As I returned, I radioed Edward, who was returning and had had his own "fun". He had made Bissett, landed in the middle of the lake, walked with his passengers to shore, and had to "jump" the 4' of open water where the ice had pulled away. Once his passengers "shopped", they had to jump back to the ice, throwing the "groceries" across. Walking back to the plane, they were unnerved to see that the ice had sunk slightly, and the skis were in water. Edward quickly jumped in, fired up, moved to a high spot on the ice, "loaded" as fast as my passengers and I "unloaded", and took off. He also vowed to not do another ski trip. We both arrived back at Base safe and sound. We then changed JJG over to wheels, and moved it up to the airport. Now there was no way we could do another trip to the bush. LDW was moved to the airport also, and the next morning we would take the skis off.

That night we sat and chatted and laughed while consuming some "wobbly-pops", and reflected on the day's events. It is a fact of life in Northern Manitoba that the locals always wait until the last minute to do most tasks, and flying out to the trap-line at "last ice" was no different. One just has to be wary about landing surface conditions. During this time in my career, I learned a wealth of information about the bush. It was one of many experiences from my past, and a "life memory". I tell you, I can see the look on the face of the trapper "as clear as the day it happened" when he said.... "Pilot, Look"!.... and water was shooting up through the crack in the ice..............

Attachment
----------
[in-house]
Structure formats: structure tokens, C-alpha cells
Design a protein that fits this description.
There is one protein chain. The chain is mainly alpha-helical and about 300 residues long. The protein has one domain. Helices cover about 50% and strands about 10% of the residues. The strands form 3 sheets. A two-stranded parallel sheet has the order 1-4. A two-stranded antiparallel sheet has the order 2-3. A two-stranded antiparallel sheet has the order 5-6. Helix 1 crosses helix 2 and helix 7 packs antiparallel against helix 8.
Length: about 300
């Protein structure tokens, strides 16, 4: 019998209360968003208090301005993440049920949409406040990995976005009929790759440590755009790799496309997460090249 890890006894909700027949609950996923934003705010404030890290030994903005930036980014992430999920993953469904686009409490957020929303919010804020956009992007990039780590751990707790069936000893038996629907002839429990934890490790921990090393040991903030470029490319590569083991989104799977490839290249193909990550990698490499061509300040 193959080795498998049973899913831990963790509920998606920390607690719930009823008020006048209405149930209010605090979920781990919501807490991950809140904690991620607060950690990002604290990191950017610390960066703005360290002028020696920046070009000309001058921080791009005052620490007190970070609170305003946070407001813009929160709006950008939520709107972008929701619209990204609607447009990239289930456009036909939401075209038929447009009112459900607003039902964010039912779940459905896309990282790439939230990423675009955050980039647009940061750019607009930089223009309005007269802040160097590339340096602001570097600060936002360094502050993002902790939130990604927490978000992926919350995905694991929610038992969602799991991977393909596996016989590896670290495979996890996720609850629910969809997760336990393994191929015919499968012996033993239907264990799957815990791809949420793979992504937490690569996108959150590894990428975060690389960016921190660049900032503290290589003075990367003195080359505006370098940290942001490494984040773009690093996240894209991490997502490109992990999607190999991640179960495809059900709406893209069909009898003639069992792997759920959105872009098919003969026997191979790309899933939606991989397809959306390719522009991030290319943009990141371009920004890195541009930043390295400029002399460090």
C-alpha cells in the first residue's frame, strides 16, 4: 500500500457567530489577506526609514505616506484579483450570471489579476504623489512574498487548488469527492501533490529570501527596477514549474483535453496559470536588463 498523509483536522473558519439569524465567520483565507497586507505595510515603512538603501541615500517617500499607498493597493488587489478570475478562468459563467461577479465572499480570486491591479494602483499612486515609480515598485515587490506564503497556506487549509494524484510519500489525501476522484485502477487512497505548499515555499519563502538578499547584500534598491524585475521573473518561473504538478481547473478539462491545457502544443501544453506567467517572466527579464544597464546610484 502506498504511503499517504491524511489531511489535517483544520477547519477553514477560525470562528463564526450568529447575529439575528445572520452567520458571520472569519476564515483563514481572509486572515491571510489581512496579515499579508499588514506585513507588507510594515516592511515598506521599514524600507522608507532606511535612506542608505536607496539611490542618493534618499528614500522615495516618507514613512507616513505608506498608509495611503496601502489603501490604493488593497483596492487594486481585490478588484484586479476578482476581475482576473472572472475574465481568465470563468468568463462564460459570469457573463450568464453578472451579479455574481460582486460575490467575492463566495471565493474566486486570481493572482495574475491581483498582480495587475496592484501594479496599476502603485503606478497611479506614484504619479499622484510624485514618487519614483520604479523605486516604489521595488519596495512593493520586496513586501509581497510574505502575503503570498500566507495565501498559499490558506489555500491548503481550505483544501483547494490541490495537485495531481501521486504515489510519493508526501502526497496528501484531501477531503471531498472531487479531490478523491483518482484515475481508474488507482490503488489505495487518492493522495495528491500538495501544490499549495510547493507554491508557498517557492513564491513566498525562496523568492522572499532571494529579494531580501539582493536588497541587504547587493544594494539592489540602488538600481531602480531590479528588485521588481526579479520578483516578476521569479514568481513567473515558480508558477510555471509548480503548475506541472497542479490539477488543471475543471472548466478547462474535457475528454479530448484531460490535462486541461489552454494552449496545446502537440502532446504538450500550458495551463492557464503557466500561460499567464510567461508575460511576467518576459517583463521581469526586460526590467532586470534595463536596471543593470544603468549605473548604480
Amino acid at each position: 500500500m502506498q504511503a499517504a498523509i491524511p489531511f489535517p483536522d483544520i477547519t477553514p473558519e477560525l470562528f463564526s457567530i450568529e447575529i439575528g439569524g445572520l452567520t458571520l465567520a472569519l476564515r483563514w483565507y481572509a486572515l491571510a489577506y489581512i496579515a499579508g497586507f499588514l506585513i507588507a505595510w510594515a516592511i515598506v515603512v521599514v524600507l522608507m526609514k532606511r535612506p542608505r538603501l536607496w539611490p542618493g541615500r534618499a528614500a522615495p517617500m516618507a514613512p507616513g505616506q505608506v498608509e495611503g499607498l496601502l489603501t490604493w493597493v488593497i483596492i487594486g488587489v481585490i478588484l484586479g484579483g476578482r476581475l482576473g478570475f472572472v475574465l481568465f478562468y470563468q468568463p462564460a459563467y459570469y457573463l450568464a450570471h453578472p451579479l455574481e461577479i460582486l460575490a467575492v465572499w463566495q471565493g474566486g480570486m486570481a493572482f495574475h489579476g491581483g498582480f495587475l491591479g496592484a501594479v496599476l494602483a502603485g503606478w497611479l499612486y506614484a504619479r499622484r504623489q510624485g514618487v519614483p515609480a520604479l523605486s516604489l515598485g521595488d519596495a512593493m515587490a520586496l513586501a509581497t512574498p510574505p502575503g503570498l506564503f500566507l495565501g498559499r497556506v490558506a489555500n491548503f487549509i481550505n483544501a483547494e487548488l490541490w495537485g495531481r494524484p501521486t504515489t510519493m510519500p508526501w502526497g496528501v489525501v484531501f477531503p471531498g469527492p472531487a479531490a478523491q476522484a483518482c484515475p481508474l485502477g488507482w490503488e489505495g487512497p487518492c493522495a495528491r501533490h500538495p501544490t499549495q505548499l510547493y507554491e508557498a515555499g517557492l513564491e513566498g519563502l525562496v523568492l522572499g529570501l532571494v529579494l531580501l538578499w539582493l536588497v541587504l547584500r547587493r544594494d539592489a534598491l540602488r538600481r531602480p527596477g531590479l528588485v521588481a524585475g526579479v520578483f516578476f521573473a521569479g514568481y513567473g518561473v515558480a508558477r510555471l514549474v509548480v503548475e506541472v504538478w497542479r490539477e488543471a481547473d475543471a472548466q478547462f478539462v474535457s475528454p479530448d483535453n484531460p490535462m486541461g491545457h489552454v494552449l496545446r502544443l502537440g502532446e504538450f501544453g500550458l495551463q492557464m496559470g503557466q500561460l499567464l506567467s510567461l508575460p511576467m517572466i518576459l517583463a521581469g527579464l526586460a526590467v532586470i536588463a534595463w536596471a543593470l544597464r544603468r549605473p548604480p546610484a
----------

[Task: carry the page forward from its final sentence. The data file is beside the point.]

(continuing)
LDW, bush-flying veteran...... Posted by Picasa

JJG, great "Bush Taxi"......... Posted by Picasa


Steve's Video Of The Day: "Lady" Of The Evening!

Yesterday we were introduced to a fine shapely being named Connie. She is a great "fashion plate". Let's watch her "strut her stuff" as she slinks down the runway during an evening show, keeping the boys spellbound and "full of drool"!

VIDEO - "Lady" Of The Evening!

Watching this "beauty" take-off would cure your "erectile difficulty", if you were so afflicted........... Posted by Picasa

Wednesday, January 25, 2006


Outstanding Photography!

My buddy Clive Pearce sent me a link to an outstanding aviation photographer. His name is Richard Seaman, the "Flying Kiwi". The clarity of his photography is unbelievable! He captures "moments in time" like few others. Check out some of his photography!

B-2 "Spirit" at the Edwards Air Force Base 2005!

Edwards Air Force Base Airshow 2005 Highlights!

F-22 "Raptor"!

F-117 "Nighthawk"!

Thanks Clive! As the French would say, "Bon de Poulet"! Good Chicken!!!!!!!!!


Steve's Video Of The Day: "Super Connie VH-EAG"!